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Br J Pharmacol. 1998 Sep;125(1):159-67.

Assessment of the effect of malaria infection on hepatic clearance of dihydroartemisinin using rat liver perfusions and microsomes.

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Department of Pharmacology, University of Western Australia, Nedlands, Australia.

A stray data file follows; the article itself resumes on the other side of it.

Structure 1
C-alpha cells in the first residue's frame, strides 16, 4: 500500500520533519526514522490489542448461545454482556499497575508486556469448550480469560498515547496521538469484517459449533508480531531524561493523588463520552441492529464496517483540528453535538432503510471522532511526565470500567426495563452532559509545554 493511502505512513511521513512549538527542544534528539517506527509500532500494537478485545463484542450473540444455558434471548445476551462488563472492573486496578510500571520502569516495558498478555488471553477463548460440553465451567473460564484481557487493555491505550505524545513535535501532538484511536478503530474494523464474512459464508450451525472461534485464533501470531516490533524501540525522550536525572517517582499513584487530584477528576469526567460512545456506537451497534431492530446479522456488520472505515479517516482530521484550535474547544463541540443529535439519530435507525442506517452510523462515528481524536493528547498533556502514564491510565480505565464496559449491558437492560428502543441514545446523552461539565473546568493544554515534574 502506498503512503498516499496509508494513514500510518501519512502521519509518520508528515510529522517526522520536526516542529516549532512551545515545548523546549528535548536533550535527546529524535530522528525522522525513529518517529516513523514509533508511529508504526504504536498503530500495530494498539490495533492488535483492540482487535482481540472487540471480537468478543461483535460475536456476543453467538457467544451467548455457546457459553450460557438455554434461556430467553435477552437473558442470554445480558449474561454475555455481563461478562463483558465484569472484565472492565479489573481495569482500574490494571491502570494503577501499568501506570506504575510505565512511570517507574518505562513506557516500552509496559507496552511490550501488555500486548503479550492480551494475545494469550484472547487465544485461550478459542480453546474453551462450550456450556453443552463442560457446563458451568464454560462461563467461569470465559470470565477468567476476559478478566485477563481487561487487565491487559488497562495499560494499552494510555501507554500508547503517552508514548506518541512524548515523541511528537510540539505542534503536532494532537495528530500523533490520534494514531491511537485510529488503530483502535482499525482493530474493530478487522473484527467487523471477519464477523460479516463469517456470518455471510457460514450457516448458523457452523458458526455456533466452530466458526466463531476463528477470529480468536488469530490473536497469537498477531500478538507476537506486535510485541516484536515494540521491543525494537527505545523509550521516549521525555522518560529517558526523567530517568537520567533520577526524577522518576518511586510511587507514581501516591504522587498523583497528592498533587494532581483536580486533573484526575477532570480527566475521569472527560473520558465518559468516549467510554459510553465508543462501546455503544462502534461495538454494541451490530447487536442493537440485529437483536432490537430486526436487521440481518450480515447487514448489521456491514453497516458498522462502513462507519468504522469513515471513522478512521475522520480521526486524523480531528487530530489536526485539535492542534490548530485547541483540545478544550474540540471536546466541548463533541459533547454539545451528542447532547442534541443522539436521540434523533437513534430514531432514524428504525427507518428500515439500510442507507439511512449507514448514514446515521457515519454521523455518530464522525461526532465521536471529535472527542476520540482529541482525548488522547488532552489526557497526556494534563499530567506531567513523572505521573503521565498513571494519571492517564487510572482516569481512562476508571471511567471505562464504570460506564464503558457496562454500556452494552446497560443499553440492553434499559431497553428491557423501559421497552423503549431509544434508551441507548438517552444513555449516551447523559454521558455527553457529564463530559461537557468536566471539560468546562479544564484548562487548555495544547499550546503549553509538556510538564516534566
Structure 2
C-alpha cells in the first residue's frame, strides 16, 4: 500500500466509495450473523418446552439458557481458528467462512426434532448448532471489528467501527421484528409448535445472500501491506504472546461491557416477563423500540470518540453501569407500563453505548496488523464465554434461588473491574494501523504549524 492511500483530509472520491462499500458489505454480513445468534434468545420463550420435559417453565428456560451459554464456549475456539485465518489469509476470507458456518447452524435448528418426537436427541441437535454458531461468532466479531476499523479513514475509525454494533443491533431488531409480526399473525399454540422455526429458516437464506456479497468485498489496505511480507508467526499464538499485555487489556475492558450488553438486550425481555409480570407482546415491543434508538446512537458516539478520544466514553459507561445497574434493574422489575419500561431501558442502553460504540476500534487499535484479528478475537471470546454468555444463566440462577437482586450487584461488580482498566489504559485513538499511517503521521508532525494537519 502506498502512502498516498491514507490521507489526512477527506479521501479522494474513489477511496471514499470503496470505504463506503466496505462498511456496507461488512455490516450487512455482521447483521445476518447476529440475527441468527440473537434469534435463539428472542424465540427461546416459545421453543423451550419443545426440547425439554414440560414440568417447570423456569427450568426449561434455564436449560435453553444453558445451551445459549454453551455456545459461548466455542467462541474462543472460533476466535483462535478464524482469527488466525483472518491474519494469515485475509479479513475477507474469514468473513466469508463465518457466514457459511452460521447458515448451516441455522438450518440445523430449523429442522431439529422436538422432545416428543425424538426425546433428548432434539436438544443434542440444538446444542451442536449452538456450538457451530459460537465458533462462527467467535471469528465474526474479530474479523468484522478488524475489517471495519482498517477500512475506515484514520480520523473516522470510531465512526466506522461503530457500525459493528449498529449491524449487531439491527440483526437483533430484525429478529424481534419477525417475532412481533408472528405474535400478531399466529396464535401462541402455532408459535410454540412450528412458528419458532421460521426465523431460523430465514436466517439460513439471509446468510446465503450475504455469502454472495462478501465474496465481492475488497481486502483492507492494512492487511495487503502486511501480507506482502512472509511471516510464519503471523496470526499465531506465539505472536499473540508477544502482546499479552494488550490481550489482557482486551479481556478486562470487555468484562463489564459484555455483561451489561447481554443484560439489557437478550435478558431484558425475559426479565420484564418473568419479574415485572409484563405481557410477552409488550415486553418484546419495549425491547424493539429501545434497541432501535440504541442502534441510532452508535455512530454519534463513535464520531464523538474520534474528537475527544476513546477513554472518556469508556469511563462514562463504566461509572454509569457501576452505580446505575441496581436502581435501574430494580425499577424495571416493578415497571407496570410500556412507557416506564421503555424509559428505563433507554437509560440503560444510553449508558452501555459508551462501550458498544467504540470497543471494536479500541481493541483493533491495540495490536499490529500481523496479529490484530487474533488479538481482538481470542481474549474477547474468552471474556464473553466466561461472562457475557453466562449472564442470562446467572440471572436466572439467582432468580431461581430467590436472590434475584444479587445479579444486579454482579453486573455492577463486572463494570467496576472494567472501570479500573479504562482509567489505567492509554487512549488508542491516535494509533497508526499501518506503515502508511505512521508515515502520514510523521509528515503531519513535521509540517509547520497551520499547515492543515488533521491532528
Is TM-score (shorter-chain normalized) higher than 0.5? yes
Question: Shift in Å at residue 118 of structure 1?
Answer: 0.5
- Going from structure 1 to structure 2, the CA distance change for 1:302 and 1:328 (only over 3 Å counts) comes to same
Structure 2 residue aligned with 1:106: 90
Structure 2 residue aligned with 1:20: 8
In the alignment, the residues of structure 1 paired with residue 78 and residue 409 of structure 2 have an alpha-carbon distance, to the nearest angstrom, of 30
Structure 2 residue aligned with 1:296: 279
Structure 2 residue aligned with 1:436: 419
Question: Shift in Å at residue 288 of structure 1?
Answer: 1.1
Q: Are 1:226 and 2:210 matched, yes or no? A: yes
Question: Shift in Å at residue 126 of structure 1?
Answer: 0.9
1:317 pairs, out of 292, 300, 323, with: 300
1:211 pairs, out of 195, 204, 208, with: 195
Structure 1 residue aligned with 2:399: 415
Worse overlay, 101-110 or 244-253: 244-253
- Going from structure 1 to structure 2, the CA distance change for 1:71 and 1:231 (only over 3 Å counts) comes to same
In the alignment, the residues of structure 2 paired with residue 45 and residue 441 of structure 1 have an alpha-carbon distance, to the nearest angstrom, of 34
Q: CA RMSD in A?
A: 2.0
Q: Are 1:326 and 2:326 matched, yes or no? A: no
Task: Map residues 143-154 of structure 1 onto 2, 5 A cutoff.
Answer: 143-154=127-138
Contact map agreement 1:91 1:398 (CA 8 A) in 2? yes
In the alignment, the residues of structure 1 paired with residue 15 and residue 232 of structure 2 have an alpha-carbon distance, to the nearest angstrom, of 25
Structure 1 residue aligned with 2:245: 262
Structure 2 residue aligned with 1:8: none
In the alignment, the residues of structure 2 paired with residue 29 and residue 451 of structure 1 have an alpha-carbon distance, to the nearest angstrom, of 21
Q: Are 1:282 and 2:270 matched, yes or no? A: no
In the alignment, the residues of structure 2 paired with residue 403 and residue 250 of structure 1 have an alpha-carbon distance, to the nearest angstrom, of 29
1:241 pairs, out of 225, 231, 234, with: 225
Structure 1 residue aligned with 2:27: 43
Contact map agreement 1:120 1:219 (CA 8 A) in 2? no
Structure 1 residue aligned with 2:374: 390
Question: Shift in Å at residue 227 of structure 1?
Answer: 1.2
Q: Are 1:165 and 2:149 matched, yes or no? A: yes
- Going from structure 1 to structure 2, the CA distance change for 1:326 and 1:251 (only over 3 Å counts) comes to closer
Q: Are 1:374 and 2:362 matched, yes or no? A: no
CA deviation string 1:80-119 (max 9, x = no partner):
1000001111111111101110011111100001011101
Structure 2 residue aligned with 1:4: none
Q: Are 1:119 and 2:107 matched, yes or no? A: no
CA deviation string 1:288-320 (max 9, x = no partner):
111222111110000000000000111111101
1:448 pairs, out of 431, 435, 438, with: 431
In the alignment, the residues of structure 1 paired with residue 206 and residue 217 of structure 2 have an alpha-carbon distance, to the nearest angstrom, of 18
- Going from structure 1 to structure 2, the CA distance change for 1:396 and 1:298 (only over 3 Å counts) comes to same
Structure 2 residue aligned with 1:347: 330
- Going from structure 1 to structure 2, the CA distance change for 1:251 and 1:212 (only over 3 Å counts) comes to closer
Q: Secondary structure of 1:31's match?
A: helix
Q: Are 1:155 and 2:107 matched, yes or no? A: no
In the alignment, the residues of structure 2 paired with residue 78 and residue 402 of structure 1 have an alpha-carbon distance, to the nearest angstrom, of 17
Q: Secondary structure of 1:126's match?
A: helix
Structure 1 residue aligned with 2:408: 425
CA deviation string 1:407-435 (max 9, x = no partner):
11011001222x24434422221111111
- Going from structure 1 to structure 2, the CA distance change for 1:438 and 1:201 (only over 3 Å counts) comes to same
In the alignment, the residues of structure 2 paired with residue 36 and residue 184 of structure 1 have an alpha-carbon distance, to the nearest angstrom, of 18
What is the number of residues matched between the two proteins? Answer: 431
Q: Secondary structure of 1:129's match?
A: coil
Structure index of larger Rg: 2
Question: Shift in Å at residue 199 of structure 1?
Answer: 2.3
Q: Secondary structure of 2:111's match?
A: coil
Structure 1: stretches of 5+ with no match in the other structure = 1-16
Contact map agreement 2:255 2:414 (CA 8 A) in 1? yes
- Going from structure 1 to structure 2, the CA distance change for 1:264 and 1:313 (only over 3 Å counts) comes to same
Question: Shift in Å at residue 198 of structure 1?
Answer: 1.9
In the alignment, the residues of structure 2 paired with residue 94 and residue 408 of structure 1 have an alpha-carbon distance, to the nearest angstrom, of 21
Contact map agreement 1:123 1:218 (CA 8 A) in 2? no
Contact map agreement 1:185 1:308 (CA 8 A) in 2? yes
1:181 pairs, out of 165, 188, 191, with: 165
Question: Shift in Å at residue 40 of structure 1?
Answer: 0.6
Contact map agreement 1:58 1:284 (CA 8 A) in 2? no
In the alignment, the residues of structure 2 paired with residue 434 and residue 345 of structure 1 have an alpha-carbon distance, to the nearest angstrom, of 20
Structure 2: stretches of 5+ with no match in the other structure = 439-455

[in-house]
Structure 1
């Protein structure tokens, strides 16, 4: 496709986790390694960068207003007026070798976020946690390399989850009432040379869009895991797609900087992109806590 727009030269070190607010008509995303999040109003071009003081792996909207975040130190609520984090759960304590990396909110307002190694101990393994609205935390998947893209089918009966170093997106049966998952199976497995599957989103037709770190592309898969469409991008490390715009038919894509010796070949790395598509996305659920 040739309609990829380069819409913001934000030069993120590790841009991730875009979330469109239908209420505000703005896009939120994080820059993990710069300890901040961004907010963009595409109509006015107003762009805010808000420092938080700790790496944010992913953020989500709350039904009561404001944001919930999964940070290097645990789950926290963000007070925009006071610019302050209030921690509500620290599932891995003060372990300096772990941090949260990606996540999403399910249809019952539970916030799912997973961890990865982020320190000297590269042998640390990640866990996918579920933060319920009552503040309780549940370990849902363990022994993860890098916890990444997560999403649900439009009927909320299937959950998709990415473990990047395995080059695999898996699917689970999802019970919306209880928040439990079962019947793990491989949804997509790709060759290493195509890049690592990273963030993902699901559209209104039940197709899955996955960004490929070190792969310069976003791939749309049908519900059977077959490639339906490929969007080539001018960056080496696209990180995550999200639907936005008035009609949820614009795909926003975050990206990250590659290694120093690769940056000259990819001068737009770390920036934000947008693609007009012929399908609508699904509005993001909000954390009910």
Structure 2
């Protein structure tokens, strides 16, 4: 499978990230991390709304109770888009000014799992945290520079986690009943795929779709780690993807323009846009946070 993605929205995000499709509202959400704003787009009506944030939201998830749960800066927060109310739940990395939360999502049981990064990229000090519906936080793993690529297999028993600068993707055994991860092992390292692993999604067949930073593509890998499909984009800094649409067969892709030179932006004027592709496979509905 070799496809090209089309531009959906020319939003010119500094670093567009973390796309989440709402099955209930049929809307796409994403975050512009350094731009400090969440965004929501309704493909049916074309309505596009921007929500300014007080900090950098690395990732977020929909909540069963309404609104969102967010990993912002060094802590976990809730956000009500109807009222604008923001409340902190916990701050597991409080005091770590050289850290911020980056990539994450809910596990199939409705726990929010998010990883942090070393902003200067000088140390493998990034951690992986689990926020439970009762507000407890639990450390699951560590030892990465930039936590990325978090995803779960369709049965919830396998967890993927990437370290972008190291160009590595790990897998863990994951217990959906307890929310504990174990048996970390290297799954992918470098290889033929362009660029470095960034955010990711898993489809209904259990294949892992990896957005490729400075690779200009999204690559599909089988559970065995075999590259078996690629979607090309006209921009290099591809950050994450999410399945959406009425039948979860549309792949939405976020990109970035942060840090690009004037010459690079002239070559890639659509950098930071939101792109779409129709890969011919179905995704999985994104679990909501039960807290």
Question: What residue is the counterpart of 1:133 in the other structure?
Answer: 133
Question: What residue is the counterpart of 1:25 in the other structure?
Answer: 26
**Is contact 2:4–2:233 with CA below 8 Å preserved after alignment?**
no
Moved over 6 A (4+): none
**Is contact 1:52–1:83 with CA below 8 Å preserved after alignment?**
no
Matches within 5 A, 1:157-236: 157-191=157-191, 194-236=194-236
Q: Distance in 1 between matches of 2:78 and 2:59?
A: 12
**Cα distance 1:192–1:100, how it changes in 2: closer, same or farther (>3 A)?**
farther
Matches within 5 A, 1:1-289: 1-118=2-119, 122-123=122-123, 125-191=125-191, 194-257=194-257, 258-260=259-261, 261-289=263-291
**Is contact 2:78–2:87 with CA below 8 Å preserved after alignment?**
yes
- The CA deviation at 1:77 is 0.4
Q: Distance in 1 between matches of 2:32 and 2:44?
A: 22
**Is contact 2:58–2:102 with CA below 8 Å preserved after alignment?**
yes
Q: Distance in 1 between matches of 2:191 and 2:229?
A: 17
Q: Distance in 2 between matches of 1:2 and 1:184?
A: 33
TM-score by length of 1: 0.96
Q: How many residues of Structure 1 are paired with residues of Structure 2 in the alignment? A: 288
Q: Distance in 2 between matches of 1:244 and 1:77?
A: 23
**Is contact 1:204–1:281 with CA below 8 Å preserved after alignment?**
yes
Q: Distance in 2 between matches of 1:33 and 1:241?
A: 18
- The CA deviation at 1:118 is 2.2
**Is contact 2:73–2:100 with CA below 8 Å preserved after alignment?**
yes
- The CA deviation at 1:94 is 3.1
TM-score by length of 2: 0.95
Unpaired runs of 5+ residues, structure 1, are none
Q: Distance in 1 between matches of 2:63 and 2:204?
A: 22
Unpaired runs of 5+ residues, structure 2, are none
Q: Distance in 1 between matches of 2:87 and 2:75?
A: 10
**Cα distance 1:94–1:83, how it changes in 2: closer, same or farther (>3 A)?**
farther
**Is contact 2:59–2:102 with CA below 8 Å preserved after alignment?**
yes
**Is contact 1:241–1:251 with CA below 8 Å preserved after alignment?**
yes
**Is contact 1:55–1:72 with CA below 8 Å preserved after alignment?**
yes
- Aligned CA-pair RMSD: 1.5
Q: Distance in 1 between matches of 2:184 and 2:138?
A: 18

1. The clearance of dihydroartemisinin (DHA) in control and malaria-infected (MI) rats was investigated using the isolated perfused rat liver (IPRL) model and hepatic microsomal studies. 2. In the recirculating IPRL, clearance of DHA was reduced from a mean (s.d.) of 8.2+/-1.8 ml min(-1) in controls (n=8) to 6.0+/-1.0 ml min(-1) in MI (n=8; P<0.01). Clearance in control livers was similar to the perfusion flow rate, suggesting a high hepatic extraction ratio for DHA. 3. Single-pass IPRL studies in controls (n=8) showed that DHA bioavailability at 1.3, 8 and 38 microm was 0.026+/-0.020, 0.043+/-0.025 and 0.14+/-0.06, respectively (P<0.001 for 8 microM vs 38 microM). In MI livers (n=5), DHA bioavailability at 8 and 38 microM was 0.18+/-0.07 and 0.40+/-0.08, respectively (P=0.002). Bioavailability was higher in the MI group than in controls (P=0.01 at 8 microM and P<0.001 at 38 microM). DHA-glucuronide was the sole biliary metabolite. 4. Hepatic microsomal studies of DHA-glucuronide formation showed a significantly lower Vmax but no significant change in Km, in MI compared to control livers (n=6). Intrinsic metabolic clearance (Vmax/Km) was higher in control than in MI livers (5.2+/-1.3 and 2.5+/-1.4 microl min(-1) mg(-1), respectively; P=0.006). 5. These studies demonstrate that DHA has a high, concentration-dependent hepatic extraction ratio that is reduced by 20-30% in the P. berghei rodent malaria model. The impaired hepatic clearance of DHA in MI is attributable to a reduction in intrinsic metabolic clearance.

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